The Tuareg of the Sahara desert are a people orphaned, literally   and figuratively, by colonial history and borders, by distant governments, by   poverty, corporate exploitation, pollution, drought, and war.

Their Saharan homeland stretches across five countries and   straddles the largest energy deposits in Africa. And they have risen up   against their governments seven times in the past 50 years to demand forms of   autonomy and independence.

Yet the decades-long Tuareg struggle is one of the world’s least   covered stories.

In Orphans of the Sahara,   Al Jazeera takes the viewer deep inside the Tuareg world.

To us the Sahara means our     origins. We are people who live in the Sahara, journeying in the Sahara. It     represents our real nation. 

Ibrahim     Ag Alhabib, lead singer of Tinariwen

We will go to their impoverished camps in the desert where life   hangs by a thread, journey inside “Azawad”, the unrecognised Tuareg   state in northern Mali, and into Timbuktu under al-Qaeda control. We will   travel to the French uranium mining zone in northern Niger, an area now out   of bounds to journalists, and into the refugee camps in exile, where Tuaregs   and Arabs are calling for an independent state.

This is a story you won’t see or hear anywhere else. For a   number of years, the Tuareg have been cut off from the world, surrounded by a   vast “red zone” of al-Qaeda kidnappings and killings, preventing   journalists, aid workers and tourists from travelling to the places where the   Tuareg really live.

As a result, they have become increasingly isolated and poorly   understood – seen and interpreted for the outside world through the eyes of   their enemies. They have few friends and no state allies.

Their music has been one of the only genuine insights the   outside world has into their stories and struggles. And for many Tuareg   bands, their songs are a way to relay the message of their people and help   the world understand their plight.

‘A generation of orphans’

“I was young when the army took my father from here,”   he said. “They took him and killed him. And then they killed our   animals. I left with my grandmother for Algeria. And I grew up there. I   always think about that day and this area.”

In exile, Ibrahim met other Tuareg youths with similar stories   and experiences. Together they learned how to fight in Muammar Gaddafi’s   military training camps in Libya. Then, in 1990, they returned in their   thousands to Mali and Niger where they launched rebellions against their   governments to fight for their rights as a people.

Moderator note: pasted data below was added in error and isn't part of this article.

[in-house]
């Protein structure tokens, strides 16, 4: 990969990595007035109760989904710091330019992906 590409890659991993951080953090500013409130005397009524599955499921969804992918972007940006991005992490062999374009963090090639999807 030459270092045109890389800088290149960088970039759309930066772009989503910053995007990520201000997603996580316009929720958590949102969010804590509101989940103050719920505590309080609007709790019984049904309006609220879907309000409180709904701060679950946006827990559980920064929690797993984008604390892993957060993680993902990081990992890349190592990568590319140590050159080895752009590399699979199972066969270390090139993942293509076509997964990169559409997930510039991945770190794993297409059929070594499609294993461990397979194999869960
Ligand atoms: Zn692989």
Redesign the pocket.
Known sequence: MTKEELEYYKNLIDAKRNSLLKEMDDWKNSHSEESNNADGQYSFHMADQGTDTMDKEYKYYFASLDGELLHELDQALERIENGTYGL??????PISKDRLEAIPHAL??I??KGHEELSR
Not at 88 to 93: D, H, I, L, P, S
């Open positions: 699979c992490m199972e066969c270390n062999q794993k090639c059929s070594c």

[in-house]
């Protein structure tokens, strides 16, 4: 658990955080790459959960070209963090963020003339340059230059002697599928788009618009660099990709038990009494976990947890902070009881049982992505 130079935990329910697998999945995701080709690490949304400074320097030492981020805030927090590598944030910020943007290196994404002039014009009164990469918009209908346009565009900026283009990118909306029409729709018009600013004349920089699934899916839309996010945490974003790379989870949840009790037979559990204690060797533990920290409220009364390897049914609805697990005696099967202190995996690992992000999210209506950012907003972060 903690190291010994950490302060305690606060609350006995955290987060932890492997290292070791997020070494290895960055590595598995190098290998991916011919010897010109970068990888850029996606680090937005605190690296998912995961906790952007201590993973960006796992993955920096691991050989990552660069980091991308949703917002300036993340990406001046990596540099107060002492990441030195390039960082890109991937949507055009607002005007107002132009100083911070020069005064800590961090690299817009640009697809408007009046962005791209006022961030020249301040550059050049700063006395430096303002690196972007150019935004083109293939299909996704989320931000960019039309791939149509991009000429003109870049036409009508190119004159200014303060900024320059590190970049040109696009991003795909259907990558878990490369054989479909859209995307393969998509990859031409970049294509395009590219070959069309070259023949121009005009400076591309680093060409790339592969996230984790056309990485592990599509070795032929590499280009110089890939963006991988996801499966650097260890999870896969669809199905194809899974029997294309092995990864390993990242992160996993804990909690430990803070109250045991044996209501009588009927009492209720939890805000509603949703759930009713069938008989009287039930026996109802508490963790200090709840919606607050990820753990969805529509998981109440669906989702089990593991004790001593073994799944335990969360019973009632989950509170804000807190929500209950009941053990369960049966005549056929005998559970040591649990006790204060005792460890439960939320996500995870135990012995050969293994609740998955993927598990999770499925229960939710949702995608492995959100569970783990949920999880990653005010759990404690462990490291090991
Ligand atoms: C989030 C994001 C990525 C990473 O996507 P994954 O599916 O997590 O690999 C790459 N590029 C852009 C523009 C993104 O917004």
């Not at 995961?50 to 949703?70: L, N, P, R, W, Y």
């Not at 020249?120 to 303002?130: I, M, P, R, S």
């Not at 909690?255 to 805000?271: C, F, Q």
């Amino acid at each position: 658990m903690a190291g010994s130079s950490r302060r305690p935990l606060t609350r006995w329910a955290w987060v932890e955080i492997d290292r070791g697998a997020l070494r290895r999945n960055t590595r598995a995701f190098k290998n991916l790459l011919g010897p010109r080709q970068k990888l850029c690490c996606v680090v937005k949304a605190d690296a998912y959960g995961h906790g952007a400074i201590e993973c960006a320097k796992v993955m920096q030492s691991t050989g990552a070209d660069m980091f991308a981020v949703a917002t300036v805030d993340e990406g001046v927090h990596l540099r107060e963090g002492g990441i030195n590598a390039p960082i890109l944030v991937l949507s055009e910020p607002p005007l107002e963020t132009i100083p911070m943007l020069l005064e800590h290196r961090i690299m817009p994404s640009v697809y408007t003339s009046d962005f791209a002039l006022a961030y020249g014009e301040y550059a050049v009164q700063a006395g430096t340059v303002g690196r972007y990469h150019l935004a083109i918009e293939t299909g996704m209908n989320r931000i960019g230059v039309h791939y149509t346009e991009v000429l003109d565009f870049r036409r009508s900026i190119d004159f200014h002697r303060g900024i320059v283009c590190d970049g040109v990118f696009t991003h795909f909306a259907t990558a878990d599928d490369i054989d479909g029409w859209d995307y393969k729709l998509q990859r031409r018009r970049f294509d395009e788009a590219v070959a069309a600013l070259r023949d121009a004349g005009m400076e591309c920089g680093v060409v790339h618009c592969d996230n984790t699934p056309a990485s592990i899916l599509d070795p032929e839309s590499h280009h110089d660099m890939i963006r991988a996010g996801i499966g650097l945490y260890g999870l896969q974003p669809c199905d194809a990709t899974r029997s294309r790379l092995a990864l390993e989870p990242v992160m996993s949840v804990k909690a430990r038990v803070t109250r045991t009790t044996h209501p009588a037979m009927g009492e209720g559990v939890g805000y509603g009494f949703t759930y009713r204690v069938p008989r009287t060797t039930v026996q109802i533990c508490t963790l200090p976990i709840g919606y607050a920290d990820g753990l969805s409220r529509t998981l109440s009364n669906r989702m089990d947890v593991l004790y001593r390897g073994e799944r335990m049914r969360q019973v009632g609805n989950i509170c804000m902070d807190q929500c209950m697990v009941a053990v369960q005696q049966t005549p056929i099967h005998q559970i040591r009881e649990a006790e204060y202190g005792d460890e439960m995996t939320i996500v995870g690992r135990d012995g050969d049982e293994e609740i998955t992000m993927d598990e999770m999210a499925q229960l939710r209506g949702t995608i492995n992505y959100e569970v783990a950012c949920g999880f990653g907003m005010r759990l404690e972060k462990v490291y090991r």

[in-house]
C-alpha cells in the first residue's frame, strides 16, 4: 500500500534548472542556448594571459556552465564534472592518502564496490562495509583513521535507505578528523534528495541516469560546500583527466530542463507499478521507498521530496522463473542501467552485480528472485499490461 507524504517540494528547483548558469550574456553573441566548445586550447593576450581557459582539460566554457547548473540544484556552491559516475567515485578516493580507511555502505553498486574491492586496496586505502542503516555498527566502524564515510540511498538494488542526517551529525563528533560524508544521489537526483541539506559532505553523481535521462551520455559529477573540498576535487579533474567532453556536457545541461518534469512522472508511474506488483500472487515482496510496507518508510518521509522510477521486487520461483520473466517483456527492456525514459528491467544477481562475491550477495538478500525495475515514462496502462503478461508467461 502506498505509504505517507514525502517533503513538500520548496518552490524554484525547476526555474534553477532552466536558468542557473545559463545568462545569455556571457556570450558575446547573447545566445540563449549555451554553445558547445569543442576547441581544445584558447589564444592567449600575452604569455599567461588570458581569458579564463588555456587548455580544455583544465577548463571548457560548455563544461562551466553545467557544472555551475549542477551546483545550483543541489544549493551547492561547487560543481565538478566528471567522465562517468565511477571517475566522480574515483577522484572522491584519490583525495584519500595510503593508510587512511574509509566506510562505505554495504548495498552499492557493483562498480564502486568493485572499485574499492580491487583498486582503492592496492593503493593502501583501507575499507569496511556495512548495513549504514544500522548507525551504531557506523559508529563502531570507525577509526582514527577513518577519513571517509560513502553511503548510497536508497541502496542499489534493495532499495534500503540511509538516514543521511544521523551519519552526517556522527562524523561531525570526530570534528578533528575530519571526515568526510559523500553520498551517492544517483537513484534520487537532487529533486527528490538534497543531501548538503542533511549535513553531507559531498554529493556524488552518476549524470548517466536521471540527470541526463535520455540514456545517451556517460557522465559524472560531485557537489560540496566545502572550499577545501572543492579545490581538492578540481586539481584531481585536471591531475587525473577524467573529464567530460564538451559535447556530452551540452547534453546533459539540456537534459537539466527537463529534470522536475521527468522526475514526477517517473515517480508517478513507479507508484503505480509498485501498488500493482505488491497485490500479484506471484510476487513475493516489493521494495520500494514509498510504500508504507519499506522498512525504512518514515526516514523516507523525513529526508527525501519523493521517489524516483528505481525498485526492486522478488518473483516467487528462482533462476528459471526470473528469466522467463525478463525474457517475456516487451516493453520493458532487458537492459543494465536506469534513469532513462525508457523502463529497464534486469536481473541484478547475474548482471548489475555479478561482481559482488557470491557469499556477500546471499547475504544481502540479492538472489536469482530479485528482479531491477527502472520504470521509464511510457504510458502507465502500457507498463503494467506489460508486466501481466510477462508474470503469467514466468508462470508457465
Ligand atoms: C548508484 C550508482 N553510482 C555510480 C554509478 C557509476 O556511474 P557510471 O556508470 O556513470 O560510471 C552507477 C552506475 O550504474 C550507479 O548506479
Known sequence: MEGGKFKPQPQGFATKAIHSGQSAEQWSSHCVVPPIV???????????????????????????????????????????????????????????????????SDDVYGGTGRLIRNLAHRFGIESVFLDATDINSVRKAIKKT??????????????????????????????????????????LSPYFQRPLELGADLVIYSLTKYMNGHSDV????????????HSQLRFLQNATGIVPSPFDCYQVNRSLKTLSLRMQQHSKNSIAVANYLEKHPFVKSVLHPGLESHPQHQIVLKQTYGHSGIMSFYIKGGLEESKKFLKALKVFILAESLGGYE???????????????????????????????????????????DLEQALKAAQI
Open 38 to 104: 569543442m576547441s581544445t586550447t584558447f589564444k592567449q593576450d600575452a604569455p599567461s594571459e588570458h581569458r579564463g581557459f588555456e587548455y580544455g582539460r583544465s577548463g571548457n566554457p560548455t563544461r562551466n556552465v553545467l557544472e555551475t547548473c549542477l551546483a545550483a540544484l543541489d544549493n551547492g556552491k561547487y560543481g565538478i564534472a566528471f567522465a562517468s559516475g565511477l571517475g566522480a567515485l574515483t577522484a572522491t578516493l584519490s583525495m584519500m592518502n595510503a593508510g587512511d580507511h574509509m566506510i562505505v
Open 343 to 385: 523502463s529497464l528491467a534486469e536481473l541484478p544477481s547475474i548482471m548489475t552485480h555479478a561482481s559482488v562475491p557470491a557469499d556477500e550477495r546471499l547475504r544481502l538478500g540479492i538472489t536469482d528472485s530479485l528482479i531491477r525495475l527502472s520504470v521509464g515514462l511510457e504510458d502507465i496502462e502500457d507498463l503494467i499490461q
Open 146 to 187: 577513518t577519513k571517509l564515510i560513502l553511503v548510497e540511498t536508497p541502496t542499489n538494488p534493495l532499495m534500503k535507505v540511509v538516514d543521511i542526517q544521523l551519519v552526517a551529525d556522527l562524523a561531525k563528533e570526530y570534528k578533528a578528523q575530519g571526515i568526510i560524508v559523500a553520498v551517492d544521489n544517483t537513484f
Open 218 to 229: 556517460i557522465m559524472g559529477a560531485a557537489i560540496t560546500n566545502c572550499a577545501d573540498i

We spent hours mesmerised by Ibrahim’s stories and thoughts as   he smoked cigarettes, slowly searching for the right words, often staring out   through the crack of the door into the sand storm whirling around us.

The last thing he said was “my generation of Tuareg is a   generation of orphans”. It was really important to him that we   understand his story was no different to those of thousands of others who   became rebels – that his pain was not unique.

After we returned to Doha, I put Ibrahim’s interview on a shelf   and forgot about it. We are a news channel and I wasn’t sure what to do with   such a long and deep interview on a subject that is obscure to most people   and requires a lot of background and explaining. But he and his words lodged   somewhere deep in my consciousness.

In late 2011, Al Jazeera returned to the region to document the   new exodus of Tuaregs back to northern Mali and Niger following the fall of   Gaddafi in Libya. We noticed a high proportion of orphans, both among the   young returning Tuareg mercenaries, and among the families they were   supporting in the desert.

In 2008, Al Jazeera met Ibrahim Ag Alhabib, the lead singer of   the Tuareg rock band Tinariwen, at his home near Tessalit in northern Mali.

We had just come from spending days in the Sahara with Tuareg   rebels fighting the Mali state and there was a sand storm brewing. We wanted   to stop somewhere and thought it would be interesting to know Ibrahim’s   opinion of the rebellion.

As we took shelter in a small hut from the roaring wind,   Ibrahim shared his powerful personal story — one that will be familiar to all   fans of Tinariwen.

Many of the fighters had lost one or both parents as children,   to undiagnosed illnesses due to malnutrition and lack of medical care. Some   had lost a parent to war. And every one of the men had tried his hand at both   armed rebellion against his government, and emigration to Libya in search of   work – the two options many Tuareg see available to them to improve   conditions for their families and their people.

Many ended up entrapped as mercenaries for Gaddafi during the   recent Libya war. They cried as they talked about the death of their   relatives and friends in NATO bombings, and the immense pressure they feel to   provide for their families – loved ones who they see deteriorating before   their eyes in the harsh conditions of the desert.

One of our subjects died during the course of filming, leaving   behind three orphans. Most of these stories remain on the cutting room floor   because there is barely time, even in three hours, to cover the essential   ground on this complex story.